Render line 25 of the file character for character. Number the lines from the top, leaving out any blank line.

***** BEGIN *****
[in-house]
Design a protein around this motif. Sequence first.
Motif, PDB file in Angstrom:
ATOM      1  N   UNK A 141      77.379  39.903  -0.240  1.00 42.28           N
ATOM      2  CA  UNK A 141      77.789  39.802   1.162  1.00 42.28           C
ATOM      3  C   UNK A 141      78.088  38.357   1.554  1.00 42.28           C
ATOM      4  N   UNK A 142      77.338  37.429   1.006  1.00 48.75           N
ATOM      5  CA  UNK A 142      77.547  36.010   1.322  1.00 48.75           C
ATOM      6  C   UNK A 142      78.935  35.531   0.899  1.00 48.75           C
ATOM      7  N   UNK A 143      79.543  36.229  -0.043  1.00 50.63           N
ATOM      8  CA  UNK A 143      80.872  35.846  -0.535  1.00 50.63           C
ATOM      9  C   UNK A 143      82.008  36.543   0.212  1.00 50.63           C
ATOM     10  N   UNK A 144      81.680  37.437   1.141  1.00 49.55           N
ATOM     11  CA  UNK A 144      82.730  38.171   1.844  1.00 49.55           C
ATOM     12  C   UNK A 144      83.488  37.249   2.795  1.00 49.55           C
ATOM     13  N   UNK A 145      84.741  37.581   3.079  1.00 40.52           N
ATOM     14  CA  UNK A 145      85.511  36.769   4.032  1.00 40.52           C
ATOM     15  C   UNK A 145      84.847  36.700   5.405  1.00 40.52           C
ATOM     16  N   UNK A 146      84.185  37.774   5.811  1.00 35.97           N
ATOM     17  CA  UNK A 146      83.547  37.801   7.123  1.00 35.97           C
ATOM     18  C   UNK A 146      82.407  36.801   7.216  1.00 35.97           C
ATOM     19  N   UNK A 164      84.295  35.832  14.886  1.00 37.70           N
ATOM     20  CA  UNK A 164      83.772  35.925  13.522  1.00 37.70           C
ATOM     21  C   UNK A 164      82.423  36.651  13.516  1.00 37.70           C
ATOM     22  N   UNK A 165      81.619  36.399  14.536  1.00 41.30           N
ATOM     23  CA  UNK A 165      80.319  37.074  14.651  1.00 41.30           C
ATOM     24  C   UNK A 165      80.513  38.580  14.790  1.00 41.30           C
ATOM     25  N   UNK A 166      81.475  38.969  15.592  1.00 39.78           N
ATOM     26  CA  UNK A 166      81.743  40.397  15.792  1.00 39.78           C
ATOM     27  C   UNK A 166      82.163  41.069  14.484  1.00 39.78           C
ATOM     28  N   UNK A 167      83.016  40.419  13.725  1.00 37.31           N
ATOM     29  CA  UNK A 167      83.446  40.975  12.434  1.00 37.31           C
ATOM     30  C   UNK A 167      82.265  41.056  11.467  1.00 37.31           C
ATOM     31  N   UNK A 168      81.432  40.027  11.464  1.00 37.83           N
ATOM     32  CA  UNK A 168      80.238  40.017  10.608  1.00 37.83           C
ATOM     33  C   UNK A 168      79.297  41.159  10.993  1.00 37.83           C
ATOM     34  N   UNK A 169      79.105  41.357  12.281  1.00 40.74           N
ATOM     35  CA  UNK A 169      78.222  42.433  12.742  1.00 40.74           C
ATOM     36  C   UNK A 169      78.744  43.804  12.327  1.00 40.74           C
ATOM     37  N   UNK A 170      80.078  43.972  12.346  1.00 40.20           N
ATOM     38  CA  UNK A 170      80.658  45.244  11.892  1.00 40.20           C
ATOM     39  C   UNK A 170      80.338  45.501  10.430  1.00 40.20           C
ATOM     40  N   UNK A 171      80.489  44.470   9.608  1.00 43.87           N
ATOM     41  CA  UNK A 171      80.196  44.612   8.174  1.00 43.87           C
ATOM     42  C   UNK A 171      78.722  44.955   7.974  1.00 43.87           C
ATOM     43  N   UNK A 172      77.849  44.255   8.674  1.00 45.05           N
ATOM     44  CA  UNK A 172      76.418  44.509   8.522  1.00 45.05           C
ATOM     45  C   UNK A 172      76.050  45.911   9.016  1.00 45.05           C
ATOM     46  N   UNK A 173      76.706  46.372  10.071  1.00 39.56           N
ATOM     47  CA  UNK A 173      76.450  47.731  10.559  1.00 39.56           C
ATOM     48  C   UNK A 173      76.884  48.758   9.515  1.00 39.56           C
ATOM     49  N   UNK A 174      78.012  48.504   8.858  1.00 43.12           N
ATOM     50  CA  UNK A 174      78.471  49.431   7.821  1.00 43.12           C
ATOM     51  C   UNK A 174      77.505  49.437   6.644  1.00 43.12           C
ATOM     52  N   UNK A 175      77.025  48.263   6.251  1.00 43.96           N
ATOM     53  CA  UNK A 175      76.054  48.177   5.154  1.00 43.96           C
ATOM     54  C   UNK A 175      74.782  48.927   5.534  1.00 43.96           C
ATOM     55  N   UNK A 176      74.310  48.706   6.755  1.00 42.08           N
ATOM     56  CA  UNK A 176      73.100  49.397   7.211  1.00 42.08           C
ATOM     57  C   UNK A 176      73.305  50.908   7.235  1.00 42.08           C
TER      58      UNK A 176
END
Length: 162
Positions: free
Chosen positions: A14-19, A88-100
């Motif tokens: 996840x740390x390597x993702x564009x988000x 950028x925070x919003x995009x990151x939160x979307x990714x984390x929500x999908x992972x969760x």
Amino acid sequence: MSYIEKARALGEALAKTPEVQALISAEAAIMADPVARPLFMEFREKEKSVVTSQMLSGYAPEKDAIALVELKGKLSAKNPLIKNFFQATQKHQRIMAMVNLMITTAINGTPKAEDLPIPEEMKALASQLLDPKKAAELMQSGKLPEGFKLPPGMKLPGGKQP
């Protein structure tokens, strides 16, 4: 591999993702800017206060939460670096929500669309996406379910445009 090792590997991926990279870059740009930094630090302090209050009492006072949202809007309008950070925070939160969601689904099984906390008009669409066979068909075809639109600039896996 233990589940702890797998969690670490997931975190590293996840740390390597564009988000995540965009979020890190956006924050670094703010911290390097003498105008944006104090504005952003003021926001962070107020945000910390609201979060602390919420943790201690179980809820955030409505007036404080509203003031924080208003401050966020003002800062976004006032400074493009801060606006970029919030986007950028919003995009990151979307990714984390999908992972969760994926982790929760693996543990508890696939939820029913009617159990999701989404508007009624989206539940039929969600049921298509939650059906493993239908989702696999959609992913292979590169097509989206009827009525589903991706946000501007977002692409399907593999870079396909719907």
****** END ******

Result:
ATOM     22  N   UNK A 165      81.619  36.399  14.536  1.00 41.30           N